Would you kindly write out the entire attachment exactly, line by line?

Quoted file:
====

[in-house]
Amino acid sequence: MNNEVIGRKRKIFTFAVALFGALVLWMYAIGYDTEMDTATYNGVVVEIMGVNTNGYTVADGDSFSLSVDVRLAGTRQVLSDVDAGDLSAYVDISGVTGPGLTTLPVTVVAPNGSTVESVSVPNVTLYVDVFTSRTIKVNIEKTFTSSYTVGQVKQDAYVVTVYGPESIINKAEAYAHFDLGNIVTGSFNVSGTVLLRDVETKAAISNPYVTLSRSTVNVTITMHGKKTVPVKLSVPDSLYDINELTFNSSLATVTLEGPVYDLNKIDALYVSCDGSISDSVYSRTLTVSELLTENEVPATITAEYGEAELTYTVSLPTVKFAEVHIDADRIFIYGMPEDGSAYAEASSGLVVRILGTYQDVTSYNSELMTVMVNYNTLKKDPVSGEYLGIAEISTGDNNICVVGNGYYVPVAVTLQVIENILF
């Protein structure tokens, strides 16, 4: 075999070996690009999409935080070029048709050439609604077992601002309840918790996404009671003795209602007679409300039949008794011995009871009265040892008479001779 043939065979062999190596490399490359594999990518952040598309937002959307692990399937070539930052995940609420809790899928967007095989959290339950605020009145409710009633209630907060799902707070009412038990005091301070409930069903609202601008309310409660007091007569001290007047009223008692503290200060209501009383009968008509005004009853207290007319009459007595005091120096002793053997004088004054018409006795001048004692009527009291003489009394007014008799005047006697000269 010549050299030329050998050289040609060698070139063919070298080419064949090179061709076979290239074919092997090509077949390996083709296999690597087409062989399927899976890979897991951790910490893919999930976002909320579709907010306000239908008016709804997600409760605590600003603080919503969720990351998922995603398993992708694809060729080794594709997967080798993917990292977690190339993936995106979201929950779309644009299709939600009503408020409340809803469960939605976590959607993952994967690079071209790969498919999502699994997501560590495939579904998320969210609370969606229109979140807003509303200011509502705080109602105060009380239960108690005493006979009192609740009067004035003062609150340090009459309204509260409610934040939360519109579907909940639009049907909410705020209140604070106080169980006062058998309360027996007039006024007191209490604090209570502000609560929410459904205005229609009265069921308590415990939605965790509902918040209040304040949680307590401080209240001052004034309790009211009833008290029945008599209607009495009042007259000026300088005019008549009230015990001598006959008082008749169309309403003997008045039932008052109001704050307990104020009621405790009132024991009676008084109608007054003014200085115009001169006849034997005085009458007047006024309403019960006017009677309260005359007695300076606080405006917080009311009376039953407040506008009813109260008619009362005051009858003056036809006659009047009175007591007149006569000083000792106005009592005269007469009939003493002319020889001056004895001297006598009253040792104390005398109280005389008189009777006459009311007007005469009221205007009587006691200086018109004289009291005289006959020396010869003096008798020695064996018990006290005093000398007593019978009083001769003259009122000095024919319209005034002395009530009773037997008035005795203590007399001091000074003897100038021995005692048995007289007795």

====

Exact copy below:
[in-house]
Amino acid sequence: MNNEVIGRKRKIFTFAVALFGALVLWMYAIGYDTEMDTATYNGVVVEIMGVNTNGYTVADGDSFSLSVDVRLAGTRQVLSDVDAGDLSAYVDISGVTGPGLTTLPVTVVAPNGSTVESVSVPNVTLYVDVFTSRTIKVNIEKTFTSSYTVGQVKQDAYVVTVYGPESIINKAEAYAHFDLGNIVTGSFNVSGTVLLRDVETKAAISNPYVTLSRSTVNVTITMHGKKTVPVKLSVPDSLYDINELTFNSSLATVTLEGPVYDLNKIDALYVSCDGSISDSVYSRTLTVSELLTENEVPATITAEYGEAELTYTVSLPTVKFAEVHIDADRIFIYGMPEDGSAYAEASSGLVVRILGTYQDVTSYNSELMTVMVNYNTLKKDPVSGEYLGIAEISTGDNNICVVGNGYYVPVAVTLQVIENILF
């Protein structure tokens, strides 16, 4: 075999070996690009999409935080070029048709050439609604077992601002309840918790996404009671003795209602007679409300039949008794011995009871009265040892008479001779 043939065979062999190596490399490359594999990518952040598309937002959307692990399937070539930052995940609420809790899928967007095989959290339950605020009145409710009633209630907060799902707070009412038990005091301070409930069903609202601008309310409660007091007569001290007047009223008692503290200060209501009383009968008509005004009853207290007319009459007595005091120096002793053997004088004054018409006795001048004692009527009291003489009394007014008799005047006697000269 010549050299030329050998050289040609060698070139063919070298080419064949090179061709076979290239074919092997090509077949390996083709296999690597087409062989399927899976890979897991951790910490893919999930976002909320579709907010306000239908008016709804997600409760605590600003603080919503969720990351998922995603398993992708694809060729080794594709997967080798993917990292977690190339993936995106979201929950779309644009299709939600009503408020409340809803469960939605976590959607993952994967690079071209790969498919999502699994997501560590495939579904998320969210609370969606229109979140807003509303200011509502705080109602105060009380239960108690005493006979009192609740009067004035003062609150340090009459309204509260409610934040939360519109579907909940639009049907909410705020209140604070106080169980006062058998309360027996007039006024007191209490604090209570502000609560929410459904205005229609009265069921308590415990939605965790509902918040209040304040949680307590401080209240001052004034309790009211009833008290029945008599209607009495009042007259000026300088005019008549009230015990001598006959008082008749169309309403003997008045039932008052109001704050307990104020009621405790009132024991009676008084109608007054003014200085115009001169006849034997005085009458007047006024309403019960006017009677309260005359007695300076606080405006917080009311009376039953407040506008009813109260008619009362005051009858003056036809006659009047009175007591007149006569000083000792106005009592005269007469009939003493002319020889001056004895001297006598009253040792104390005398109280005389008189009777006459009311007007005469009221205007009587006691200086018109004289009291005289006959020396010869003096008798020695064996018990006290005093000398007593019978009083001769003259009122000095024919319209005034002395009530009773037997008035005795203590007399001091000074003897100038021995005692048995007289007795």